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Belmont Park's outriders' goal is safety

Miguel Gutierrez, the head outrider for Belmont, leads

Miguel Gutierrez, the head outrider for Belmont, leads horses to the starting gate at Belmont Racetrack in Elmont on June 1, 2014. Credit: Ed Betz

Eight thoroughbred racehorses thundered past the finish line at Belmont Park, and the grandstand crowd erupted.

A few feet away, Miguel Gutierrez sat calmly atop his horse. Sporting a Western saddle, white pants, a red jacket and silver spurs, he watched the competitors closely as his horse stood obediently. Only a slight flick of his mount's ears and a few steps in place betrayed the horse's awareness of the younger and faster brethren galloping by one afternoon last week.

"Our job is safety, in capital letters," said Gutierrez, 49, of Elmont, the head outrider at Belmont and the New York Racing Association's chief of those who function as the horse police at the famous track. "In an emergency, we are there to help."

If horses get loose, the outriders catch them. If a racehorse gets hurt, they stay with him or her until the equine ambulance arrives. And if a jockey wants to protest a foul during a race, they report it Belmont's stewards.

The outriders, all seasoned professionals, often take on another role. Many also work as so-called pony girls or pony boys -- the equine escorts of the racing world.

Before races, the pony riders, who wear green jackets, pair up with racehorses being walked onto the track -- controlling the often-flighty young thoroughbreds with a thin leather strap wrapped around the bit, rather like a leash. Trainers hire them for individual racehorses, to make sure the competitors warm up and get to the starting gate without incident.

"We get them to the gate as quietly as possible," said Laura Droge, 57, of Richmond Hill, the only pony girl at Belmont. She also works as an outrider at nearby Aqueduct Racetrack in the morning during training sessions. "You want them to save their energy for the race. You don't want them to wash out. If you watch [Triple Crown contender] California Chrome in the post parade, he is calm and quiet. He doesn't get excited."

Both types of riders keep everything going smoothly and -- on a good day -- without accidents, in a sport where there are real dangers for horse and rider.

"It's a very dangerous job, because you have to be able to control two horses at the same time," said Gutierrez, who has escorted the likes of such champions as California Chrome, the Kentucky Derby and Preakness winner who will be racing in Saturday's Belmont Stakes. "You have to be a professional horse person to be able to do it."

The outriders work as a team and communicate by radio. They are posted at the starting gate, the finish line and other key spots around the track. If there is a runaway, they must pursue on horseback, getting out in front of the loose horse and grabbing him by the bridle or reins to slow the animal down. Sometimes the horse has lost his bridle in a mishap.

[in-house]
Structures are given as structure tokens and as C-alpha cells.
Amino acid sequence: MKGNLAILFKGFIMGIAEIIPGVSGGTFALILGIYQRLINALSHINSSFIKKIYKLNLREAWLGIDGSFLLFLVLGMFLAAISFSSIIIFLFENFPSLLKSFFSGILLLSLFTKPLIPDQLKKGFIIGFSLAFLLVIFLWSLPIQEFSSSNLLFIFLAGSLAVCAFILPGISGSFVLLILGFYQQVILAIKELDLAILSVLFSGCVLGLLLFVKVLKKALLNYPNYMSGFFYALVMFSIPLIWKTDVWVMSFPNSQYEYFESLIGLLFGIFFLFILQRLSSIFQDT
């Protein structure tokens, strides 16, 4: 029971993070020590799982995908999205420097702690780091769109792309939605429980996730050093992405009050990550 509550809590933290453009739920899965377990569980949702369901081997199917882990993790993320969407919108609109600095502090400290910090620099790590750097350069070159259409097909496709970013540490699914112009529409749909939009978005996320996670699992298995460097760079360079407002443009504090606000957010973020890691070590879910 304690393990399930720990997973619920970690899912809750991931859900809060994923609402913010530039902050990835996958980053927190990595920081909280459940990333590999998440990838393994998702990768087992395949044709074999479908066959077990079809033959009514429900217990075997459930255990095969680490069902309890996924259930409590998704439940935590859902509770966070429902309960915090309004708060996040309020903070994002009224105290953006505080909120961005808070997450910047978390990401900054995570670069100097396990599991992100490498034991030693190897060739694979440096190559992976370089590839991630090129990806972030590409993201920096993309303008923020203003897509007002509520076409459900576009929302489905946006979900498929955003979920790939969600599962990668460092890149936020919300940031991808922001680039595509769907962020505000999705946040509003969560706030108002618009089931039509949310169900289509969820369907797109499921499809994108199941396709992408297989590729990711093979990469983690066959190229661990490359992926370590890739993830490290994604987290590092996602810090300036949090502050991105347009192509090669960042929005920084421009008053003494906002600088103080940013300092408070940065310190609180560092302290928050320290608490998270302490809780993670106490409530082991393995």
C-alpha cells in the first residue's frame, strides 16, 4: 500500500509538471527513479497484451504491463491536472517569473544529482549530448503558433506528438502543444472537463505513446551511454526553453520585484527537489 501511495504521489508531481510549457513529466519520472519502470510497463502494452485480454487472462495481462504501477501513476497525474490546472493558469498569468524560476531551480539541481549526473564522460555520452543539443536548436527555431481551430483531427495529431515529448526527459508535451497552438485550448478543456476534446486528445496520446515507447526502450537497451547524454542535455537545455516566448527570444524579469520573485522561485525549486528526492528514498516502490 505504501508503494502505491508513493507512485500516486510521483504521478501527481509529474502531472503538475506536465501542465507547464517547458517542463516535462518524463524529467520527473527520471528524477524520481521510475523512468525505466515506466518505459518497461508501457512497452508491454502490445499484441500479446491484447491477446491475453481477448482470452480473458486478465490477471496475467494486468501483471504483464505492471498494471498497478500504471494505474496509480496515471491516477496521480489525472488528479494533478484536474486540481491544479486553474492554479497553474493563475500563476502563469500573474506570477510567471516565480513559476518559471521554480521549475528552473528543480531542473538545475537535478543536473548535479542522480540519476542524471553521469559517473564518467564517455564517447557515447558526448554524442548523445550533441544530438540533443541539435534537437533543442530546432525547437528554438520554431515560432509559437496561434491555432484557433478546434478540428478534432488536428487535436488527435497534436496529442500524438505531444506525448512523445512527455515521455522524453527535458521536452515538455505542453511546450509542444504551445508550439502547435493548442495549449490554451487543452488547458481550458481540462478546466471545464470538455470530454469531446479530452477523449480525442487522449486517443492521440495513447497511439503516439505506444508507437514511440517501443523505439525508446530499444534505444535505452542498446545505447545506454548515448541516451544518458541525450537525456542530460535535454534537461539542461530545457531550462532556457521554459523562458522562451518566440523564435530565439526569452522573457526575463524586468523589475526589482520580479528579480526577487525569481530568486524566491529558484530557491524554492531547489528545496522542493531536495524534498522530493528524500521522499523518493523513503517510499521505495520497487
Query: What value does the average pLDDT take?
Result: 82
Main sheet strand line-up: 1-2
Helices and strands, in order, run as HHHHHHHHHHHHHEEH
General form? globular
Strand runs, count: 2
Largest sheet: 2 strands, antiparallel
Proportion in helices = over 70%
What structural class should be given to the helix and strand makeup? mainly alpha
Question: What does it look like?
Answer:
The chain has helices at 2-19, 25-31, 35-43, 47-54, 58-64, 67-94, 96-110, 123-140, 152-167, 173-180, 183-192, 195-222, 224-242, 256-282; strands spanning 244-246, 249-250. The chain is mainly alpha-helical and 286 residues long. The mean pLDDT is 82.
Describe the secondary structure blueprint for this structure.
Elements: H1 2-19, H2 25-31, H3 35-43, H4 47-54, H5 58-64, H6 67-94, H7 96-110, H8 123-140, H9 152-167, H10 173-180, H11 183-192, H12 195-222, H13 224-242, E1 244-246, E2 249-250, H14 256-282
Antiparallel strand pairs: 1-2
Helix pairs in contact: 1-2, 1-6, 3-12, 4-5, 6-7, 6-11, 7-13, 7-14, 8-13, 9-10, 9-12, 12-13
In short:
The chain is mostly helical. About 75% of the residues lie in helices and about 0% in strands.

"Then you have to grab him by the nose," Gutierrez said. "We have to get him, no matter what."

During early-morning exercise sessions, the outriders enforce track regulations, such as making sure riders don't gallop their horses in the wrong direction or inadvertently use the inside rail, which is reserved for those "breezing" their mounts -- that is, going racing speed.

Among their duties during a race is to stay with horses that break down, keeping them calm until a veterinarian comes on the scene, escorting them into the ambulances or, in the worst-case scenario, staying with them while they are euthanized.

Asked about some of the worst accidents he has seen, Gutierrez shook his head and said, "You don't want to know."

Both the outriders and the pony people need placid, adaptable mounts. They generally own their own horses, which include ex-racehorses and quarter horses. The horses have to get accustomed to excitable young thoroughbreds galloping alongside them, and the ex-racehorses must learn to stop competing, and to move in all kinds of directions, not just forward.

"They have to have a nice, quiet disposition and handle a horse who might want to bite and kick them and not bite and kick them back," said Droge, a pony girl for 30 years as well as a former groom and assistant trainer, as she stood next to Sweetpea, her 15-year-old chestnut quarter horse.

Gutierrez, who has worked for NYRA since 1988 and has been the head outrider for two years, said it takes about three months to train an outrider horse. He personally has seven horses, including the former racehorse he rode Saturday named "Yes yes yes!"

"They have to be calm when they need to be and aggressive when they need to be," he said.

He also chooses the outriders, often taking them from the ranks of the pony people he sees work each day at the track.

"I'm looking for somebody with a good seat and good horse skills -- someone who can hold a horse and move their own pony as they need to," he said.

Such skills are critical, he said, given the unpredictability of intense daily workouts and races, with high-strung thoroughbreds reaching top speeds that can exceed 35 mph.

"We can go for two weeks without any accidents, and then we'll have two or three in one day," Gutierrez said. "Anything can happen."

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